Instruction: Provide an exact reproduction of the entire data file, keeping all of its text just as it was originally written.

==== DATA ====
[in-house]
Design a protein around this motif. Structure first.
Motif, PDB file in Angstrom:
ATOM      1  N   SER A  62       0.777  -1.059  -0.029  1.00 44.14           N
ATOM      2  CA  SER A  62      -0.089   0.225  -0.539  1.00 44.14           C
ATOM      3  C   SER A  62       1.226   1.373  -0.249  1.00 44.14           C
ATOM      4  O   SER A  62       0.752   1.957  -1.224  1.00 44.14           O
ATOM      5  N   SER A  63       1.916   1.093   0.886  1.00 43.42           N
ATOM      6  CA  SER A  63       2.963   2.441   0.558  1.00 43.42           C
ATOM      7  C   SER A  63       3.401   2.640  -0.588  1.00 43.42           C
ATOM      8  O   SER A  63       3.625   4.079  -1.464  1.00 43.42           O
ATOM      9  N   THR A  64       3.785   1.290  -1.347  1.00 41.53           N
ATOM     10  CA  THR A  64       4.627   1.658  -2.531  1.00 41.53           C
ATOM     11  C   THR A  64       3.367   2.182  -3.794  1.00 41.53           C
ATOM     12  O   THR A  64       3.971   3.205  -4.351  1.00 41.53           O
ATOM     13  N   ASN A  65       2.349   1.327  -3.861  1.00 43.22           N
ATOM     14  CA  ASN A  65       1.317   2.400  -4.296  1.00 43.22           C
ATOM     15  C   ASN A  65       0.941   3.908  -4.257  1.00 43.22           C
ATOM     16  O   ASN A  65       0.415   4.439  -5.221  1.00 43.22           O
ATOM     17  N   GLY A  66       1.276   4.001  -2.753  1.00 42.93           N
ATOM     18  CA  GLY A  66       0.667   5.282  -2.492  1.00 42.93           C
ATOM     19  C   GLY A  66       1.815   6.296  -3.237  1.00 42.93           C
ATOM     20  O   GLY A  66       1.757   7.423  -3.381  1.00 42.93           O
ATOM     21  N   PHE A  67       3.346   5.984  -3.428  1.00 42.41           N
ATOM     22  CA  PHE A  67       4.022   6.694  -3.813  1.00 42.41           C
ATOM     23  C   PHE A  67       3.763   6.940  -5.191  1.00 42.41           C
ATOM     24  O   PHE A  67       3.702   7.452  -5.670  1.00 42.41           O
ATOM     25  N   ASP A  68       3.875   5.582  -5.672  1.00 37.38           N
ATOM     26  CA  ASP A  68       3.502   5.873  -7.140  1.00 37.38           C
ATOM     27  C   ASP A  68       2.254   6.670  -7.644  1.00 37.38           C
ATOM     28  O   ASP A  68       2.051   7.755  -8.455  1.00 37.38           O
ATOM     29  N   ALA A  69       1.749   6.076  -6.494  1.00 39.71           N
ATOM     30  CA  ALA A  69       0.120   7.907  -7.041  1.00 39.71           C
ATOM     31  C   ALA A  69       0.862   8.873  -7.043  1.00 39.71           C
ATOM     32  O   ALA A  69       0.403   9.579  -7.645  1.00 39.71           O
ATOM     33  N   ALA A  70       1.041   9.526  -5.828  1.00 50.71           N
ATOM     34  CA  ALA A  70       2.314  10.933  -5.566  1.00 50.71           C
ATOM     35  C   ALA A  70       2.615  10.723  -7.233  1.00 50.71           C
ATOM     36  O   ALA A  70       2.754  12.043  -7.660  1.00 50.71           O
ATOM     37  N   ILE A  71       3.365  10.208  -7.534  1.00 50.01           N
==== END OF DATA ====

[in-house]
Design a protein around this motif. Structure first.
Motif, PDB file in Angstrom:
ATOM      1  N   SER A  62       0.777  -1.059  -0.029  1.00 44.14           N
ATOM      2  CA  SER A  62      -0.089   0.225  -0.539  1.00 44.14           C
ATOM      3  C   SER A  62       1.226   1.373  -0.249  1.00 44.14           C
ATOM      4  O   SER A  62       0.752   1.957  -1.224  1.00 44.14           O
ATOM      5  N   SER A  63       1.916   1.093   0.886  1.00 43.42           N
ATOM      6  CA  SER A  63       2.963   2.441   0.558  1.00 43.42           C
ATOM      7  C   SER A  63       3.401   2.640  -0.588  1.00 43.42           C
ATOM      8  O   SER A  63       3.625   4.079  -1.464  1.00 43.42           O
ATOM      9  N   THR A  64       3.785   1.290  -1.347  1.00 41.53           N
ATOM     10  CA  THR A  64       4.627   1.658  -2.531  1.00 41.53           C
ATOM     11  C   THR A  64       3.367   2.182  -3.794  1.00 41.53           C
ATOM     12  O   THR A  64       3.971   3.205  -4.351  1.00 41.53           O
ATOM     13  N   ASN A  65       2.349   1.327  -3.861  1.00 43.22           N
ATOM     14  CA  ASN A  65       1.317   2.400  -4.296  1.00 43.22           C
ATOM     15  C   ASN A  65       0.941   3.908  -4.257  1.00 43.22           C
ATOM     16  O   ASN A  65       0.415   4.439  -5.221  1.00 43.22           O
ATOM     17  N   GLY A  66       1.276   4.001  -2.753  1.00 42.93           N
ATOM     18  CA  GLY A  66       0.667   5.282  -2.492  1.00 42.93           C
ATOM     19  C   GLY A  66       1.815   6.296  -3.237  1.00 42.93           C
ATOM     20  O   GLY A  66       1.757   7.423  -3.381  1.00 42.93           O
ATOM     21  N   PHE A  67       3.346   5.984  -3.428  1.00 42.41           N
ATOM     22  CA  PHE A  67       4.022   6.694  -3.813  1.00 42.41           C
ATOM     23  C   PHE A  67       3.763   6.940  -5.191  1.00 42.41           C
ATOM     24  O   PHE A  67       3.702   7.452  -5.670  1.00 42.41           O
ATOM     25  N   ASP A  68       3.875   5.582  -5.672  1.00 37.38           N
ATOM     26  CA  ASP A  68       3.502   5.873  -7.140  1.00 37.38           C
ATOM     27  C   ASP A  68       2.254   6.670  -7.644  1.00 37.38           C
ATOM     28  O   ASP A  68       2.051   7.755  -8.455  1.00 37.38           O
ATOM     29  N   ALA A  69       1.749   6.076  -6.494  1.00 39.71           N
ATOM     30  CA  ALA A  69       0.120   7.907  -7.041  1.00 39.71           C
ATOM     31  C   ALA A  69       0.862   8.873  -7.043  1.00 39.71           C
ATOM     32  O   ALA A  69       0.403   9.579  -7.645  1.00 39.71           O
ATOM     33  N   ALA A  70       1.041   9.526  -5.828  1.00 50.71           N
ATOM     34  CA  ALA A  70       2.314  10.933  -5.566  1.00 50.71           C
ATOM     35  C   ALA A  70       2.615  10.723  -7.233  1.00 50.71           C
ATOM     36  O   ALA A  70       2.754  12.043  -7.660  1.00 50.71           O
ATOM     37  N   ILE A  71       3.365  10.208  -7.534  1.00 50.01           N